10. Overall, climate change is predicted to have a negative impact on biological diversity — in other words, many insects and other species will die off. But this doesn’t mean living blissfully free from bug bites: We’ll be losing insects that are critical to healthy, functioning ecosystems, as well as our global food supply. Yet some insect populations, like mosquitoes and ticks, are predicted to grow alongside changing conditions and decreasing populations of natural predators.  ↩

  11. Unfortunately, harmful chemical agents are overused and weaponized in the confined spaces of prisons and jails. Earlier this year, several people sued an ICE detention facility in Adelanto, Calif., claiming staff indiscriminately sprayed HDQ Neutral, a corrosive cleaning chemical, throughout the building. Ingesting the chemical led to rashes, respiratory issues, and headaches. And correctional officers regularly use chemicals like tear gas and pepper spray to incapacitate people, instead of using de-escalation techniques or trained mental health professionals.
    At the same time, corrections officials are quick to divert attention away from these harmful activities and claim that incarcerated people are the ones misusing chemicals. In one case, a Florida sheriff claimed the people in his jail were using roach spray to get high. Claims like this are often overblown and weaponized to restrict services, programs, and privileges, given the reality that actual drugs are fairly easy to obtain while behind bars (through staff, often).

  12. Of course, violence in prisons during hot weather would only mirror increases in violence (and other behaviors considered crimes) outside of prisons. These increases will also fuel mass incarceration through more arrests, more jail admissions, and more people sentenced to prison.  ↩

See the footnotes

Report shows every community is harmed by mass incarceration

July 13, 2023

Today the Voice of the Experienced (VOTE), the Redistricting Data Hub, and the Prison Policy Initiative released a new report, Where people in prison come from: The geography of mass incarceration in Louisiana, that provides an in-depth look at where people incarcerated by the state’s Department of Public Safety & Corrections (DPS&C) come from. The report also provides nineteen detailed data tables — including neighborhood-specific data for New Orleans, Baton Rouge, Shreveport, and Jefferson Parish — that serve as a foundation for advocates, organizers, policymakers, data journalists, academics, and others to analyze how incarceration relates to other factors of community well-being.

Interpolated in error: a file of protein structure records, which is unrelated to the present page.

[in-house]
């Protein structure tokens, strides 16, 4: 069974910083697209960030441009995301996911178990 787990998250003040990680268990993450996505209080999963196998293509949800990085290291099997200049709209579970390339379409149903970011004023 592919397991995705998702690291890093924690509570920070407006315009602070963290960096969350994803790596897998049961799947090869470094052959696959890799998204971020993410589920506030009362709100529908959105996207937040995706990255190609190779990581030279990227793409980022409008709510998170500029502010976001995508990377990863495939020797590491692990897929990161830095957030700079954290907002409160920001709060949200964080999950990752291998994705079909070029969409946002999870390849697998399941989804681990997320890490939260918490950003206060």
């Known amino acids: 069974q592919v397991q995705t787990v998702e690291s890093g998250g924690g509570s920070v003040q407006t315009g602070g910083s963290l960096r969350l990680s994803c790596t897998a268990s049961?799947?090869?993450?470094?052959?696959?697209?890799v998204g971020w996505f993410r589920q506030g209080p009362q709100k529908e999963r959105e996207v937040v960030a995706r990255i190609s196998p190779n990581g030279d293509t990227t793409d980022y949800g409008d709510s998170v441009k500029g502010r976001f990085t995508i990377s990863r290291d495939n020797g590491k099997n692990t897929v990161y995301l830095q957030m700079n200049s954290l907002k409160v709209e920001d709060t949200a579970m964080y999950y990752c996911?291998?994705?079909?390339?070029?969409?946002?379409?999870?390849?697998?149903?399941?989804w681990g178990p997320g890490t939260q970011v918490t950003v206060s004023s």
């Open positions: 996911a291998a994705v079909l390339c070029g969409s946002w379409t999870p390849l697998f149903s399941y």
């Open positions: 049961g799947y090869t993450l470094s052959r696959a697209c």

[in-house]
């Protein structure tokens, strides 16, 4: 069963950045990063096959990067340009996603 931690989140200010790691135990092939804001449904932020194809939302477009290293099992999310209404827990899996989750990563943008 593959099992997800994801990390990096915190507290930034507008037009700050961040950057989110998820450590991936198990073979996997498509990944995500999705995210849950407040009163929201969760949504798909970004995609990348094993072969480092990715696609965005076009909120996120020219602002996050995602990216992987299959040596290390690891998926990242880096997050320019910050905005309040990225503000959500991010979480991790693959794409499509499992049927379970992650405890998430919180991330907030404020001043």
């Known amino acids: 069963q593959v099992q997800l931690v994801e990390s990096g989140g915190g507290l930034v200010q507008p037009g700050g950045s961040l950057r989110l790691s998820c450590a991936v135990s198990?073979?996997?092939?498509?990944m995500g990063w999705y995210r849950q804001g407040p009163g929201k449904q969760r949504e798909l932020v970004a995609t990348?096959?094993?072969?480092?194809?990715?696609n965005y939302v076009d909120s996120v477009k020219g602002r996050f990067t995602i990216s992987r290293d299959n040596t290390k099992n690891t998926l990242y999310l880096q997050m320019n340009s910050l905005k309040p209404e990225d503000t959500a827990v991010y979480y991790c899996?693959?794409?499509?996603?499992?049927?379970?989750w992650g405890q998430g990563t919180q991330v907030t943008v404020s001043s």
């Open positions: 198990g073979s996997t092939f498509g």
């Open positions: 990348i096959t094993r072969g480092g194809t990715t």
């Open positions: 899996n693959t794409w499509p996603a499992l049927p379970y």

The report shows:

  • Every single parish — and every state legislative district — is missing a portion of its population to incarceration in state prison.
  • While the state’s largest cities have the most people incarcerated, many of the state’s smallest communities have the highest imprisonment rates, including Bogalusa, which has an imprisonment rate of 1,661 per 100,000 residents in the custody of DPS&C. For comparison, Louisiana has an imprisonment rate of 451 per 100,000 residents.
  • There are dramatic differences in incarceration rates within communities. For example, in New Orleans, one of the most racially segregated cities in the nation, residents of B.W. Cooper are 47 times more likely to be imprisoned than residents of the neighboring Lakeview neighborhood.

Data tables included in the report provide residence information for people incarcerated by the Louisiana Department of Public Safety & Corrections in 2022, offering the clearest look ever at which communities are most impacted by mass incarceration. They break down the number of people locked up by parish, city, town, zip code, legislative district, census tract, and other areas.

The data show that the parishes with the highest state prison incarceration rates are Washington (901 per 100,000 residents), Franklin (788 per 100,000 residents), and Caddo (753 per 100,000 residents). For comparison, Ascension Parish has the lowest prison incarceration rate, at 195 people in state prison per 100,000 residents, four times lower than Washington Parish.

Map showing incarceration rates in Louisiana by census tract

“The nation’s 40-year failed experiment with mass incarceration harms each and every one of us. This analysis shows that while some communities are disproportionately impacted by this failed policy, nobody escapes the damage it causes,” said Emily Widra, Senior Research Analyst at the Prison Policy Initiative. “Our report is just the beginning. We’re making this data available so others can further examine how geographic incarceration trends correlate with other problems communities face.”

The report cites studies that show that incarceration rates correlate with a variety of negative outcomes, including higher rates of asthma, depression, lower standardized test scores, reduced life expectancy, and more. The data included in this report gives researchers the tools they need to understand better how these correlations play out in Louisiana.